Politics and the Imagination

By Raymond Geuss | Go to book overview

IX
Heidegger and His Brother

THE SMALL TOWN OF Meßkirch lies in the extreme south of the present state of Baden-Württemberg, Germany, roughly halfway between Lake Constance and the Swabian Alps. During the first half of the twentieth century, this region was still overwhelmingly rural and Catholic. Politically Meßkirch and its surrounding villages were a bastion of the (Catholic) Center Party, which, together with the SPD, formed one of the central components of the continuing coalition of parties that kept the Weimar Republic in operation during the 1920s. In the elections of 1932 the Center Party received an absolute majority of the votes cast in Meßkirch, and in the fi nal election before the war (March 1933) it was still the largest single party (45% of the vote; the National Socialists received 35%; other parties the rest) (pp. 48–49).1 In the small towns of this poor and isolated area various traditional practices were retained into the 1960s that had elsewhere disappeared. Thus, Carnival (Fastnacht) was elaborately celebrated as a “Week of Fools” during which people dressed in outlandish costumes, told jokes, and enjoyed some relaxation of the usual rules of moderation, decorum, and social docility. The high point of the week was a banquet at which officially recognized Town Fools gave public speeches from a raised dais in front of the town hall. The speech of a Town Fool was expected to be a virtuoso linguistic display in the local dialect, full of puns, humorous metaphors, and witty juxtapositions of incongruous items. In this ultra-Catholic region, where the Counter-Reformation—and the Baroque aesthetic with which it was often associated—had struck extremely deep roots, the Carnival speeches were directed as if to a particularly crude peasant audience, and they were often informed by a religiously based gallows humor. Why worry about taxes, social advancement, or the harvest when in a quarter of an hour you could all be dead and gone to eternal judgment, and probable damnation, anyway? As in Athenian Old Comedy, the Town Fools’ speeches were also expected to be full of references to local people and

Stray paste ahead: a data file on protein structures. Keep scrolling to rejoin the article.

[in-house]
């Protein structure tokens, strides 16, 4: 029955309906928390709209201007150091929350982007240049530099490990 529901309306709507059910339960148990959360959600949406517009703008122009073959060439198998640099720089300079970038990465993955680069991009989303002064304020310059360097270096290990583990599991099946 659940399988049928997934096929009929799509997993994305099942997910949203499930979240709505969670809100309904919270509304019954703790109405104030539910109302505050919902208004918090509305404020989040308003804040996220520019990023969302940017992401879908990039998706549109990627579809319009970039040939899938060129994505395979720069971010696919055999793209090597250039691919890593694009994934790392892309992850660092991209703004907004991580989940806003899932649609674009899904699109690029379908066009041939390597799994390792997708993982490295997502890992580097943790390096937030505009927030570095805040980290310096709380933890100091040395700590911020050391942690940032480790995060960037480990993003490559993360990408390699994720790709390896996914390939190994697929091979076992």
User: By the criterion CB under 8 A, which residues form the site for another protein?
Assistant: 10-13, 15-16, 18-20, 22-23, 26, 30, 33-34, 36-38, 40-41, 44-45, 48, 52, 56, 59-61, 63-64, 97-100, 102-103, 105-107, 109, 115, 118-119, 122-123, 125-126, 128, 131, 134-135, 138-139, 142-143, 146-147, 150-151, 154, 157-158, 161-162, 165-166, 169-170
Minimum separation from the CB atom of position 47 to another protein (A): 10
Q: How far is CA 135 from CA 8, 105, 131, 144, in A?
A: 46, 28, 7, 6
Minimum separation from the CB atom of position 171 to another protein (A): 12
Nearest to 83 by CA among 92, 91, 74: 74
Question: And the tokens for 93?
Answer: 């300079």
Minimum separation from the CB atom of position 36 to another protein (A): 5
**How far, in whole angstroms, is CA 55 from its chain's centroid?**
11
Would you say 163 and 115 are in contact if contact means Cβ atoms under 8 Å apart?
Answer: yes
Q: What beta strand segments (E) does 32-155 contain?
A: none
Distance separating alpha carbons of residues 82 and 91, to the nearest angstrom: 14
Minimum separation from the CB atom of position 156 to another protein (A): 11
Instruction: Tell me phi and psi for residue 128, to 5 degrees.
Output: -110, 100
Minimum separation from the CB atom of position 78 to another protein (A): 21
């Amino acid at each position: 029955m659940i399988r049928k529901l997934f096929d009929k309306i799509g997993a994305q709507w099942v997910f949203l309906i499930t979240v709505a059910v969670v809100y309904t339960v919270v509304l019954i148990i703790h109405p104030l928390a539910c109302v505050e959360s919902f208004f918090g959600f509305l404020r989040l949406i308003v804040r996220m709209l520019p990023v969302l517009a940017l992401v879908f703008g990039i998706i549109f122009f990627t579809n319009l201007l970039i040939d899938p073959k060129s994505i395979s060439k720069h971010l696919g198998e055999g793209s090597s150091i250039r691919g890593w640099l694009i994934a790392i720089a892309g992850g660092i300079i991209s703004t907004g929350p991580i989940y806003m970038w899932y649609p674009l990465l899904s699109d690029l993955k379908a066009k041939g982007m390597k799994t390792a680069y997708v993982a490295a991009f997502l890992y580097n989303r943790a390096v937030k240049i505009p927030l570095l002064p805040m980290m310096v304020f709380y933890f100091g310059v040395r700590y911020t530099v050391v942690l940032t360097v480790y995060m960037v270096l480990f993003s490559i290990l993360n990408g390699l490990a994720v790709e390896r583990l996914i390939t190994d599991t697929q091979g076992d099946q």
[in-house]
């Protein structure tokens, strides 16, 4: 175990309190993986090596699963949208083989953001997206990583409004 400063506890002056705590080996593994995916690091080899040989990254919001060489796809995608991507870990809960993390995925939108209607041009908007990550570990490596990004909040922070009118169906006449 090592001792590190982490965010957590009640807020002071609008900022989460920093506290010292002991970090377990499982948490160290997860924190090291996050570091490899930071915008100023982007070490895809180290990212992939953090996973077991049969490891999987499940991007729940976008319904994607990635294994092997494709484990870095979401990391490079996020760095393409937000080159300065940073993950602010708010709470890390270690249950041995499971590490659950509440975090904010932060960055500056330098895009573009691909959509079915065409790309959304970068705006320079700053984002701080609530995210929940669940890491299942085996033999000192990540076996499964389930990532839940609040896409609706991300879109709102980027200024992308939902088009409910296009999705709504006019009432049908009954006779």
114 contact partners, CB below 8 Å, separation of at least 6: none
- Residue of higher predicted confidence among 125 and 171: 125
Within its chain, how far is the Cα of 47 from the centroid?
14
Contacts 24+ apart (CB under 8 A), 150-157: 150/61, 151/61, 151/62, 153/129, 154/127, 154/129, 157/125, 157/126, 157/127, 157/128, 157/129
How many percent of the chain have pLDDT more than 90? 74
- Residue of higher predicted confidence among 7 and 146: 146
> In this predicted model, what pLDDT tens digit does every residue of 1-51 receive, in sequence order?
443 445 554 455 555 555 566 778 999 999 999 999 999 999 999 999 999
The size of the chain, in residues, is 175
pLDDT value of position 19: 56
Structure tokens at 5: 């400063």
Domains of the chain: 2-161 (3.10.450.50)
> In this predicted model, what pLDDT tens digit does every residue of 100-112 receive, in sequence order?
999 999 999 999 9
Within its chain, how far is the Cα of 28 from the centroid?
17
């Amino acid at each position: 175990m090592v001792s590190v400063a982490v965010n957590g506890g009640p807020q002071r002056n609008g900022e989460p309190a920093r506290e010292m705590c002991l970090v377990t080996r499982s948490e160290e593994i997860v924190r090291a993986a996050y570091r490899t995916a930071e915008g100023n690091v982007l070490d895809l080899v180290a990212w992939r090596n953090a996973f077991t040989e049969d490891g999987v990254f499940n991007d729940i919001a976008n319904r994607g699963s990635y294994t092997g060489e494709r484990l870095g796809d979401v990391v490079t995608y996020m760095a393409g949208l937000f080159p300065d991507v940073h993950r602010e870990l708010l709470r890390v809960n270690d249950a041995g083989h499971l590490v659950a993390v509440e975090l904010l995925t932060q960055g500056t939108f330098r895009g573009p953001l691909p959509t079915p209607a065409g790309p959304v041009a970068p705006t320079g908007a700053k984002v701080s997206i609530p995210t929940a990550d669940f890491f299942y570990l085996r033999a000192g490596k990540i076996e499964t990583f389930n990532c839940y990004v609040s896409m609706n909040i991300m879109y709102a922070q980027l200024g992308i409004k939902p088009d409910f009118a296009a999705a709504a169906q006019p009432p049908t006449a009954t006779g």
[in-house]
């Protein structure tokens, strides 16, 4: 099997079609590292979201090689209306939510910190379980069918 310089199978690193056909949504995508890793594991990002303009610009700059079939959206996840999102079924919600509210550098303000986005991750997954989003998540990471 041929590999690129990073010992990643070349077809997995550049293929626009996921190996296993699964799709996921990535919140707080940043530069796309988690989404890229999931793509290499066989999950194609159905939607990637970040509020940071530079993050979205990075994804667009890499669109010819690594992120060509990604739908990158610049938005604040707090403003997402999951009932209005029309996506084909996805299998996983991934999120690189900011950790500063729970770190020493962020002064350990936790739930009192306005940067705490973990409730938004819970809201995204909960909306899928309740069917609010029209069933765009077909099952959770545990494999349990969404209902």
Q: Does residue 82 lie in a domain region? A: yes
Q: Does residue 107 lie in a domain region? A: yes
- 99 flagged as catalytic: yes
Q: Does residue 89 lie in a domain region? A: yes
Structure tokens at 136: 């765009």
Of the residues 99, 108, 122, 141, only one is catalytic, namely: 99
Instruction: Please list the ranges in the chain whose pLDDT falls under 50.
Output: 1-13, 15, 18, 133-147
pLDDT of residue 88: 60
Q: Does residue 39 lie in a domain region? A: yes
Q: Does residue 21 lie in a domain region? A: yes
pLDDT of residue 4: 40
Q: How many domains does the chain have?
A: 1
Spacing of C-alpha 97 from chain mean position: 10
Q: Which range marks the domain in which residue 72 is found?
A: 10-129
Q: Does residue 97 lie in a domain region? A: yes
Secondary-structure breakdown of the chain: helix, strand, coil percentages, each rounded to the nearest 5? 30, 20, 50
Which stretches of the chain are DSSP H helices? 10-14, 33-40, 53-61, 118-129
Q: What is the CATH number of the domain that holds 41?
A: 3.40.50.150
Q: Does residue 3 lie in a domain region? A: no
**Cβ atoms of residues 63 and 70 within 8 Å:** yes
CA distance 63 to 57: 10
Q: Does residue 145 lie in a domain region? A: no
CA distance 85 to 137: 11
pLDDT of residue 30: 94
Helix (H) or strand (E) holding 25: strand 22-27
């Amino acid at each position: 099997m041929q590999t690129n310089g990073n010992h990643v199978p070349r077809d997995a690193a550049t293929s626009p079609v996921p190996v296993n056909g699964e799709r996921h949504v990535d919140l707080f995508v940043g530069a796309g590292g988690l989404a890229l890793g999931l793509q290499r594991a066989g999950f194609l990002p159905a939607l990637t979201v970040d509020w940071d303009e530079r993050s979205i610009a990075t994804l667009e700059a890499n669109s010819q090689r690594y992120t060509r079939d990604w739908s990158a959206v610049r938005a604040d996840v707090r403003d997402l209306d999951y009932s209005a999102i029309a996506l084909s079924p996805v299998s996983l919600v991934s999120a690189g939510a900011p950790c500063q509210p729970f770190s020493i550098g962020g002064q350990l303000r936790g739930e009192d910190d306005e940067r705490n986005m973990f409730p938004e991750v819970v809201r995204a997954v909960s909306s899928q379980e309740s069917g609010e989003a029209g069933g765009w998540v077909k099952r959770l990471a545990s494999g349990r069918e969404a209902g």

1 This essay originated as a review of Hans Dieter Zimmermann's Martin und Fritz Hei degger: Philosophie und Fastnacht (Beck, 2005). Otherwise unspecified page references are to this book.

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Politics and the Imagination
Table of contents

Table of contents

  • Title Page iii
  • Contents v
  • Preface vii
  • Acknowledgments xv
  • I - Political Judgment in Its Historical Context 1
  • II - The Politics of Managing Decline 17
  • III - Moralism and Realpolitik 31
  • IV - On the Very Idea of a Metaphysics of Right 43
  • V - The Actual and Another Modernity Order and Imagination in Don Quixote 61
  • VI - Culture as Ideal and as Boundary 81
  • VII - On Museums 96
  • VIII - Celan's Meridian 117
  • Appendix 138
  • IX - Heidegger and His Brother 142
  • X - Richard Rorty at Princeton Personal Recollections 151
  • XI - Melody as Death 164
  • XII - On Bourgeois Philosophy and the Concept of "Criticism" 167
  • Bibliography 187
  • Index 193
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